With challenges ranging from fitting the right number of people into Paul Brown Stadium to re-signing their best player, the Bengals continue to battle the kaleidoscope of unknowns posed by the pandemic unleashed on America.
The one known heading into the 2020 training camp season is this: the Bengals are still riding the wave of one of their most successful offseasons ever. Between a consensus A-rated draft that yielded franchise quarterback Joe Burrow and a record-breaking haul in free agency that remade their defense with a half dozen players fresh from the playoffs, players and coaches have continually expressed their desire for the next chapter to start unfolding.
That could be as soon as next week.
Such is how the electricity of a once-a-decade re-boot has been heightened by massive uncertainty. Report dates are pending until Friday's call among the owners, which may finalize training camp details.
Or it may not.
The Bengals are tentatively scheduled to welcome their rookies at PBS on July 21 by giving them a test for the coronavirus with the hopes they'll be on the field July 23.
Veteran quarterbacks and injured players are set to report and be tested July 23 with the rest of the veterans set for July 28.
Even though the Bengals didn't get an extension by 4 p.m. Wednesday with wide receiver A.J. Green, designated their franchise free agent back in March, there are still hopes to strike a long-term deal after the season and that he'll report with rest of the vets to sign his one-year tender offer of $18 million.
It's believed that as late as this week there was an open, productive dialogue between the sides in an effort to keep one of the franchise's all-time greats for an extended period. It's the kind of deal the Bengals have routinely made for their all-timers, but this is a time for all-time. These particular negotiations were complicated by the unknowns, leading off with the fear next year's salary cap could dip far below this season's $198 million.
As one club insider characterized the problems of planning in a pandemic, "It's like putting together a puzzle without the frame."
Although Green and the club now can't negotiate until after this season and he hasn't played a full game since Oct. 28, 2018 because of foot and ankle injuries, the Bengals' desire to keep him in the re-boot beyond Burrow's rookie year remains intense.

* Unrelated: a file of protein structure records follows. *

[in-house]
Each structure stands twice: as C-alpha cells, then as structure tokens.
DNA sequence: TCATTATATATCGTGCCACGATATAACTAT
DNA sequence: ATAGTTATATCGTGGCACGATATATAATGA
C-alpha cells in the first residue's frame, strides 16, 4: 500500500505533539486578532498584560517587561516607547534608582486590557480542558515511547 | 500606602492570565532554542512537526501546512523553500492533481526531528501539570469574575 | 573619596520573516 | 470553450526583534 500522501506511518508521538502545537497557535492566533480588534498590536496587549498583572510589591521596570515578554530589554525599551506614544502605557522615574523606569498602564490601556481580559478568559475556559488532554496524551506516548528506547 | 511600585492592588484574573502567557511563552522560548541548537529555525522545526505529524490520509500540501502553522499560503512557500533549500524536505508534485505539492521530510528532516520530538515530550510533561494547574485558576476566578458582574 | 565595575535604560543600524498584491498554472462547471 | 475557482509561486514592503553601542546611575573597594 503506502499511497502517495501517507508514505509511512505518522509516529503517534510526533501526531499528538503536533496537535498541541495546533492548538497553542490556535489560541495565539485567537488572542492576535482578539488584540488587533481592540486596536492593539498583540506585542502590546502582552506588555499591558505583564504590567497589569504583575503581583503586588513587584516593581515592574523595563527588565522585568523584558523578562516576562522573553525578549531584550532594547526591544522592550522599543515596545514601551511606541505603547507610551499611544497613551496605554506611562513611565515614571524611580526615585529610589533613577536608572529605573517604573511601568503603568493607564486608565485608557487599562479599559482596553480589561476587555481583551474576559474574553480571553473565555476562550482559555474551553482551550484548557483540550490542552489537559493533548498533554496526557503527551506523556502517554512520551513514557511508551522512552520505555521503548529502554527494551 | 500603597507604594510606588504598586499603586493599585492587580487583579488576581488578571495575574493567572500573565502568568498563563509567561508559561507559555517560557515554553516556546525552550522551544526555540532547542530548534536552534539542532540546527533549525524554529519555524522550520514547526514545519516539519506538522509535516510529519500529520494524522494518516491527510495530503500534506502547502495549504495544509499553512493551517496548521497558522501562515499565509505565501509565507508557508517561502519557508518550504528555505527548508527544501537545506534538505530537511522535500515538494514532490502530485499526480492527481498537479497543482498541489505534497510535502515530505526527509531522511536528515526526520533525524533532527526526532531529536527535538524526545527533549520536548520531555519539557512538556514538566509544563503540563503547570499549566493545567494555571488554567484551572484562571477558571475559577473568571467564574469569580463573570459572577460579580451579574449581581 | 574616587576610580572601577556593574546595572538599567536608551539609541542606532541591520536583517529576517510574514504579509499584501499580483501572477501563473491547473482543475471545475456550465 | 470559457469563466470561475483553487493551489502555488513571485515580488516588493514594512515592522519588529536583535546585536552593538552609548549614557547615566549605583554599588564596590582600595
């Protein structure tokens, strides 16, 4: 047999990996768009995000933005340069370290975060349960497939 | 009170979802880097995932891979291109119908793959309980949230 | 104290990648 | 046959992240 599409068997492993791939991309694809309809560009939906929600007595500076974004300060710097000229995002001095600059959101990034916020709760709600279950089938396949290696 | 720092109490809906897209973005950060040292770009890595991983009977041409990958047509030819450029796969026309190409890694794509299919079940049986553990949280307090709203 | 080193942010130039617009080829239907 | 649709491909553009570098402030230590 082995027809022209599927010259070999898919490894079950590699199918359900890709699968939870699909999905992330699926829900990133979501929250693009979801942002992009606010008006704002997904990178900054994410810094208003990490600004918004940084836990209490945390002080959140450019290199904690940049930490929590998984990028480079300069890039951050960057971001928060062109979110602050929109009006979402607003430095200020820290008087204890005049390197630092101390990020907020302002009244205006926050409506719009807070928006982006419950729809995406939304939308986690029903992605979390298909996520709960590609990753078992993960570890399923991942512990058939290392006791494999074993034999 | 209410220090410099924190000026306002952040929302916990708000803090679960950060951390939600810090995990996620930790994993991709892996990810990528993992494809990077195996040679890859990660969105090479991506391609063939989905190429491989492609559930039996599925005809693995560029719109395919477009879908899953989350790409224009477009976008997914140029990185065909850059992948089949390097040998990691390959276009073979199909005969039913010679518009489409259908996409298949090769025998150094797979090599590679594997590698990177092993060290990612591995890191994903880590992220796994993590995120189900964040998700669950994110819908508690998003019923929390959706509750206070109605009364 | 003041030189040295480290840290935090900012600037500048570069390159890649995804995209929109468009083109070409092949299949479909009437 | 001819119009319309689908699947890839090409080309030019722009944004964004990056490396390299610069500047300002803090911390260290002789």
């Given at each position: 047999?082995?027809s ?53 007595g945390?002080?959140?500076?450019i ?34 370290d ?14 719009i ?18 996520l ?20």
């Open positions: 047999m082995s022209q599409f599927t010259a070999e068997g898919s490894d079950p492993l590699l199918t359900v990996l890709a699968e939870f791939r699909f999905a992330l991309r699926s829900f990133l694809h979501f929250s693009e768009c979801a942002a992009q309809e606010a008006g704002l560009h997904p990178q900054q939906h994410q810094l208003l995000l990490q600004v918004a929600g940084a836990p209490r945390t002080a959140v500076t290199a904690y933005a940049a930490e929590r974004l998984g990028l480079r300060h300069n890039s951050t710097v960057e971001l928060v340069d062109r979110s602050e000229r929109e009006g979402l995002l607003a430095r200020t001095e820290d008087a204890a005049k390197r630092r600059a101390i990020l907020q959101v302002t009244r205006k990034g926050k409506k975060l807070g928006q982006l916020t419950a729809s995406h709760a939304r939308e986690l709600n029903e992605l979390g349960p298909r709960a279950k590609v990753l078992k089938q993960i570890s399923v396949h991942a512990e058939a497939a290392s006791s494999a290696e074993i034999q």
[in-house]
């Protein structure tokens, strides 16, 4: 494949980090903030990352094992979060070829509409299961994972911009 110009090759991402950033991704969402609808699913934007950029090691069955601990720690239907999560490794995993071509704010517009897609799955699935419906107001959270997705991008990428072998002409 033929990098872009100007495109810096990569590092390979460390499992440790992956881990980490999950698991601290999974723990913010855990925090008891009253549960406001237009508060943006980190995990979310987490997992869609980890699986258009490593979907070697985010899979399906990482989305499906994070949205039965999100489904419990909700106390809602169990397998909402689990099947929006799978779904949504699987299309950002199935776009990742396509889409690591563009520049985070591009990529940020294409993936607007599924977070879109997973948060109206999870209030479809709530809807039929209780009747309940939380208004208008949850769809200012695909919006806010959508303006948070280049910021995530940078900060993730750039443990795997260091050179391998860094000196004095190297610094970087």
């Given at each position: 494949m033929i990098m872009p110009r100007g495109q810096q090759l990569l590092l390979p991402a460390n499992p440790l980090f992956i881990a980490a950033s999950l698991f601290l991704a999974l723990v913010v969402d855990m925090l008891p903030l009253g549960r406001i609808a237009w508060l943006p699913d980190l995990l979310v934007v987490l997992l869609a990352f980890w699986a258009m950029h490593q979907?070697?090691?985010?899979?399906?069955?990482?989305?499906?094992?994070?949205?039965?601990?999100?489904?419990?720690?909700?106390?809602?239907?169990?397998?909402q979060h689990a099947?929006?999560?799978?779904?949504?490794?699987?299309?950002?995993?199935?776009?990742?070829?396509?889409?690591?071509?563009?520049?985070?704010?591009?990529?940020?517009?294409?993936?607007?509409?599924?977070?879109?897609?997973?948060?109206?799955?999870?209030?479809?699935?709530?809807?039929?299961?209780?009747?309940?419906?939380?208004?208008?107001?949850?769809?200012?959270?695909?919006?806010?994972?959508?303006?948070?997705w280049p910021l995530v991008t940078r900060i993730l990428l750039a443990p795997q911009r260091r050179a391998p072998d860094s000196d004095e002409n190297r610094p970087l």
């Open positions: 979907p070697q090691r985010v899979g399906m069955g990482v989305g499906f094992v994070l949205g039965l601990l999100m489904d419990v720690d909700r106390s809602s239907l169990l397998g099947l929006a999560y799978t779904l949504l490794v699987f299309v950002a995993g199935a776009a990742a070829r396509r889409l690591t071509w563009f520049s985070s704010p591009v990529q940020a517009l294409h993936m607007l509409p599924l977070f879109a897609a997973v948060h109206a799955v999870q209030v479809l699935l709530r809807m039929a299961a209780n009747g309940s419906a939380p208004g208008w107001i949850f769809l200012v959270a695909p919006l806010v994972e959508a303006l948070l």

Green, who turns 32 the last day of this month, is reaching the stratosphere roamed by only the greatest Bengals receivers, where thirtysomethings rarely take off. For instance, two of the greatest, Cris Collinsworth and Carl Pickens, caught their last Bengals balls at age 29.
Chad Johnson finished breaking the Bengals' career receiving records at age 32. The great Isaac Curtis was believed to be only the second Bengals wide receiver after Chip Myers to catch a ball in his 30s when he retired at age 34 in 1984, the oldest Bengals wide receiver to catch a ball before Terrell Owens.
Brian Brennan, Tim McGee (in his second Bengals stint) and Michael Westbrook all played their final NFL season at age 30 in Cincinnati and combined for 37 catches.
T.J. Houshmandzadeh was their next 30-for-30 wideout, but he did it in a much bigger way and ushered in for the Bengals the era of ageless receivers with 21st century workouts. He shared the NFL receptions title with Wes Welker with 112 at age 30 in 2007. During a one-year deal in Cincinnati in 2010, Owens caught his last ball at age 37 to conclude his Pro Football Hall of Fame career with a season just 17 yards shy of 1,000.
The Bengals see Green in that same kind of mold as one of those great modern receivers that continues to produce into their 30s.
Next on the agenda is running back Joe Mixon, heading into his fourth and contract season with back-to-back 1,000-yard years making him the offense's Most Valuable Player in the absence of Green. During the second half of last season Mixon gained more yards than anyone in the NFL except Tennessee's Derrick Henry.
Henry, the Titans franchise player, beat Wednesday's deadline with what was reported as a four-year, $50 million deal with $25 million guaranteed. The Bengals traditionally make such long-term deals during training camp, but the pandemic has thrown tradition for a loop and, plus, there's the annual NFL conundrum about what to pay a top back. It remains to be seen if Henry's deal can be used as a road map for Mixon, but he's another guy the club has insisted it wants long-term with Burrow.
The Bengals haven't expected snags signing Burrow, a process that figures to mirror the arrival of him in the facility. They seem prepared to follow the contracts signed by Baker Mayfield and Kyler Murray, quarterbacks and the last two overall No. 1 picks.
The on-site physicals are the first signs of football and ignite many contracts, but to even get to that point the details have been exhausting. Green may be the franchise player, but the offseason's indispensable players have been director of operations Jeff Brickner and director of security Mark Herren.
With all employees now back in the stadium for the past month or so, the pair has been juggling numbers and spaces to keep pace with local and state guidelines as well as NFL regulations.
When the players return, Brickner and Herren must fit the entire organization in three separate tiers in order to keep players and coaches safe. The coaches also undergo tests when camp begins.
Currently at PBS, staff members practice social distancing and wearing of masks if they're not in an office and get their temperature taken before entering the building. Employees can't leave their floor and there are no meetings with conference and break rooms off limits. There are no visitors unless contractors are called to require maintenance.
And there is still game day planning for a stadium that hopes to have at least a portion of fans.